Christmas helps me feel. I make no apologies for it. It's Christmas Eve as I write this, and I am so tired of the banter about how Christmas is too commercial, too this, too that, or that it's meaningless or silly or stupid or that it's only for children or for Christians alone or whatever.

I care for none of it. I am not a relgious man. I doubt I'm much of a Christian, because of my best efforts. I like Christmas. I like everything about Christmas. Even the Nativity story has a magic and endurance about it that most writers can only dream of.

So sue me.

And if you don't like Christmas, why in hell's bells are you trying to ruin it for someone who does? Keep it or don't keep it in your own way. I really don't care. Just as I don't care if you're vegetarian or meataterian, gay or straight, religious or not. I'm just trying to get some peace here.

'Cause really that's all I want. The entire year is filled with things to be done, questions to be answered, essays to  be graded, stories to write or publicized, people to see--and I would much rather be in a cabin in the woods by a lake, sipping something good and watching the sun rise. That's sometimes. Other times, I like  being out there among the shoppers, feeling the moment and wishing they'd take it a little easier, be a bit more peaceful, in keeping with the situation.

I don't try to keep Christ in Christmas. That's for others to do. But I still call it "Christmas" because that's what it was when I was a boy; that's what it was called when I first met my future wife; it's what it was called when I went through my formative years and became who I now am.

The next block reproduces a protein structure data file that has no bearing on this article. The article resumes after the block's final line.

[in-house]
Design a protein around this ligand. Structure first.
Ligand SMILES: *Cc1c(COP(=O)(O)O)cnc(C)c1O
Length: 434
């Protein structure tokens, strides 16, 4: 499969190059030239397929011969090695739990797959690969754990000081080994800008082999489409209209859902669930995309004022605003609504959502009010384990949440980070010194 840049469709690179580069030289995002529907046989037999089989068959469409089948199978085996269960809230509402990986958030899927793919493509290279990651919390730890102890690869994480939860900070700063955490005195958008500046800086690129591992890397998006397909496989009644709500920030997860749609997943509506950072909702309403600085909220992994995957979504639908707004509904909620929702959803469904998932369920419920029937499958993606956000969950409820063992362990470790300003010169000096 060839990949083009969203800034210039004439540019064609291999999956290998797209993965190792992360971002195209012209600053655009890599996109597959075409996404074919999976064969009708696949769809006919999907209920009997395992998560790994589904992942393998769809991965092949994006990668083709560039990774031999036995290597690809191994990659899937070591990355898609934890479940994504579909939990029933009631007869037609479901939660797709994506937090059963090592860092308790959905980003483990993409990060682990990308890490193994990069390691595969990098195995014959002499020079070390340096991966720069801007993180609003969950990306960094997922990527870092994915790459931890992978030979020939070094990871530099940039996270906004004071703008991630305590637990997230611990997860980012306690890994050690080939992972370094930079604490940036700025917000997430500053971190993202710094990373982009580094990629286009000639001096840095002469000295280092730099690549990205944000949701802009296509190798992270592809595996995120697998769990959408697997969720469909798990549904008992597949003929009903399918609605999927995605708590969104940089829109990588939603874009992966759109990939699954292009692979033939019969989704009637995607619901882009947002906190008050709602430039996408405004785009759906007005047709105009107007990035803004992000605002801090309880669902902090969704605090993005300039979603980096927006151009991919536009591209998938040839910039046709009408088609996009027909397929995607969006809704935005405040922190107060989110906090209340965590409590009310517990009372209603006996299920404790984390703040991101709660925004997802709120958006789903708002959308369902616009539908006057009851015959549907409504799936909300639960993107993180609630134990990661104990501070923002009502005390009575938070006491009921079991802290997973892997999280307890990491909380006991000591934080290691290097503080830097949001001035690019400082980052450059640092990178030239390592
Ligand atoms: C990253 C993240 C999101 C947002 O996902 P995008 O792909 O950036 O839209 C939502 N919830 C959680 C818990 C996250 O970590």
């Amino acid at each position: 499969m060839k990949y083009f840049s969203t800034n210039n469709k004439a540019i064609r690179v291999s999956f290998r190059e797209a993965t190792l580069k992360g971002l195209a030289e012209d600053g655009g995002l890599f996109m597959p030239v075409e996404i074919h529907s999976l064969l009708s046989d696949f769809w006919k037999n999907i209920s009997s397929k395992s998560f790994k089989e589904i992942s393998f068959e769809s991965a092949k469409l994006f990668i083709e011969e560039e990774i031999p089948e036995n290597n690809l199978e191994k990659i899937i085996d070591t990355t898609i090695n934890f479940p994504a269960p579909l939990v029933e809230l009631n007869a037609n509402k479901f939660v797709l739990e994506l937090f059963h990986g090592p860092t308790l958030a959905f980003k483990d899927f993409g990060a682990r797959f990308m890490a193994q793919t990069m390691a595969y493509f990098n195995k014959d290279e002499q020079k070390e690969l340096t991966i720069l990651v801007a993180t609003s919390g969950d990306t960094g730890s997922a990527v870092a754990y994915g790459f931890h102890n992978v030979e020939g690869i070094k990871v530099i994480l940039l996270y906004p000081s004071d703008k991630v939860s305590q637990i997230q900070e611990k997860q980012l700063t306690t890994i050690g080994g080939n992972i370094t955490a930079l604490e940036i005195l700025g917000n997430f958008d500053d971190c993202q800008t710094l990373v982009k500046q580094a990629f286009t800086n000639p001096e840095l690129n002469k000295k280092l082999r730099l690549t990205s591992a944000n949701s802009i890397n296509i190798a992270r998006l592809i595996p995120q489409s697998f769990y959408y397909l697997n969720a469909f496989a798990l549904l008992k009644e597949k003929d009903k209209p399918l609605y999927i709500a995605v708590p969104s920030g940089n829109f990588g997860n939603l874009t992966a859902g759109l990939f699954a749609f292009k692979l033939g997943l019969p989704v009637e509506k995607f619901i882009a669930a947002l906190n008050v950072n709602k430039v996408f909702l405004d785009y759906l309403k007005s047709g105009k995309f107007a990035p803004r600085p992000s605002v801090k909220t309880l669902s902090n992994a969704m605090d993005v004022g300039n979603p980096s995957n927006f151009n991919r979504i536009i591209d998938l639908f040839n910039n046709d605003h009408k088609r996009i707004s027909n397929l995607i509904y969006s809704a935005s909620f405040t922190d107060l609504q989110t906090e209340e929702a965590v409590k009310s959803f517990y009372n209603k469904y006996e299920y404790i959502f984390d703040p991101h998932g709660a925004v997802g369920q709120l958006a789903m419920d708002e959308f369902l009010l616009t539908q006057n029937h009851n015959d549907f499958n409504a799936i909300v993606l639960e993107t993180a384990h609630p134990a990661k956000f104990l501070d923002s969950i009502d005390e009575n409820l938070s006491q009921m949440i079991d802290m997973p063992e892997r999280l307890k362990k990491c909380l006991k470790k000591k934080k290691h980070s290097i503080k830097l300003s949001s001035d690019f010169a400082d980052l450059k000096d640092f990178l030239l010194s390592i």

I see no reason to change it or to stop speaking the name aloud. I won't tell you what to call it or whether you should speak of it at all.

But I do wish you peace and happiness, now and throughout the rest of your days.

I've said my piece--as I've been wanting to for a few days now--and now I'll withdraw for an evening of peace and friendship and a glass of something fine.

Good evening all. And Merry Christmas, whether you keep it or not. And I mean that in a good way.

Sunday, December 18, 2011

And the winner is...

PERRY OLDFORD, whom I distinctly remember playing football on the streets of Gander on New Year's Eve in the early 1990s when he was a teenager, is the winner of a personalized copy of my short story collection, Moonlight Sketches. I know this (that he played football, not that he won the book) because Matt Walters, Kurt Mahle and I also participated in that notorious event. It was all for posterity's sake, as I recall, and hardly anyone got hurt, although I do remember some of us (possibly me, can't quite remember) falling directly in front of a moving vehicle. It's the blare of the horn and the yellow wash of headlights that stay in my memory. Did I mention it was during a New Year's Eve snowstorm? The Snow Ball, I guess we should have called it.